—abscessed, adj./ab"ses/, n. Pathol.a localized collection of pus in the tissues of the body, often accompanied by swelling and inflammation and frequently caused by bacteria.[1535-45; < L abscessus a going away, abscess, equiv. to absced-, var. s. of abscedere to go away, separate off, form an abscess (abs- ABS- + cedere; see CEDE) + -tus suffix of v. action, with -dt- > -ss-]
* * *Localized collection of pus in a cavity in the deeper layers of the skin or within the body, formed from tissues broken down by white blood cells (leukocytes) in response to inflammation caused by bacteria.A wall develops, separating the thick yellowish pus from the extracellular fluid of nearby healthy tissues. Rupture of the abscess allows the pus to escape and relieves swelling and pain. Treatment consists of cutting into the wall to drain the pus and giving antibiotics. If infective contents enter the bloodstream, they may be carried to remote tissues, seeding new abscesses.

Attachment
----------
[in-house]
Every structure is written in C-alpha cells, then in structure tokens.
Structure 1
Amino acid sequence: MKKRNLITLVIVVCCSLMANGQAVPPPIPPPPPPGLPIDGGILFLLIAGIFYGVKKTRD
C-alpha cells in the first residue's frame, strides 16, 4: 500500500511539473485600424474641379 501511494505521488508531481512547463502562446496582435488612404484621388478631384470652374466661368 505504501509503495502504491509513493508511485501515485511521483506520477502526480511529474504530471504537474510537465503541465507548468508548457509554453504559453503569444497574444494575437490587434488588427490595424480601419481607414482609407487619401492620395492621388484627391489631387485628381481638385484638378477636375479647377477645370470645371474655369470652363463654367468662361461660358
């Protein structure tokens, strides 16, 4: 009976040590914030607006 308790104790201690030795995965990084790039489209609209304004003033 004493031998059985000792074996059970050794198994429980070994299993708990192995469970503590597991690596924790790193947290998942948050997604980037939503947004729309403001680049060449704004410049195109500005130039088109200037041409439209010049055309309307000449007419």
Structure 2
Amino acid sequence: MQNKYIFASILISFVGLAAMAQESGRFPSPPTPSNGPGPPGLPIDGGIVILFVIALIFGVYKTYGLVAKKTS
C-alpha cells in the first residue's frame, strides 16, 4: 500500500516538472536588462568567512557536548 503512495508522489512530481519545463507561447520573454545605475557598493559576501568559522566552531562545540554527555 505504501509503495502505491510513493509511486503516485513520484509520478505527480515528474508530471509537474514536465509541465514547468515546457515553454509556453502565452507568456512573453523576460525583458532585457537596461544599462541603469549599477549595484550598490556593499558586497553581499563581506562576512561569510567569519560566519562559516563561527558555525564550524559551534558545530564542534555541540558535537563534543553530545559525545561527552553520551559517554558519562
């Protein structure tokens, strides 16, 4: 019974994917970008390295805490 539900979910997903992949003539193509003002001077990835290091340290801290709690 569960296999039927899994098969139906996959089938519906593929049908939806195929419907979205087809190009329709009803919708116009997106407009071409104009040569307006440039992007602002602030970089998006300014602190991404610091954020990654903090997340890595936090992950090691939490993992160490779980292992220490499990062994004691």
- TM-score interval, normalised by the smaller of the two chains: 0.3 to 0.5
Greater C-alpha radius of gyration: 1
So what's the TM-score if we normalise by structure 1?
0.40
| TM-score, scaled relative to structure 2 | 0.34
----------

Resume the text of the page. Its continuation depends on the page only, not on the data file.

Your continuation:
* * *a localized collection of pus in a cavity formed from tissues that have been broken down by infectious bacteria. An abscess is caused when such bacteria as staphylococci or streptococci gain access to solid tissue (e.g., by means of a small wound on the skin). The toxins released by these multiplying bacteria destroy cells and thus trigger an acute inflammation at the site, with its characteristic signs of redness, pain, swelling, and heat. (See inflammation.) White blood cells (leukocytes (leukocyte)) collect at the site; these leukocytes break down the dead tissues and absorb the bacteria by means of phagocytosis. Thick yellowish pus is formed from the broken-down tissues, the dead bacteria and leukocytes, and the extracellular fluid that has accumulated. At the same time, nearby healthy cells form a capsule of tissue around the pus and develop a cell wall that delimits the abscess from nearby healthy tissues. When the abscess is ruptured, either naturally or through medical intervention, the pus escapes, the swelling and pain are relieved, and the delimiting cell wall eventually grows back into the abscess cavity.Abscesses may occur on the skin surface or within the body on such internal organs as the lungs, brain, kidneys, or tonsils. Treatment for those abscesses that do not naturally resolve themselves consists of cutting into the capsule and draining its pus contents. Antibiotics are also administered to help fight the infection. Antihistamines may be prescribed to reduce swelling. Care must be taken to prevent the pus and other infective contents from entering the bloodstream and thus being carried to surrounding tissues, where they can result in new abscesses. See also boil.
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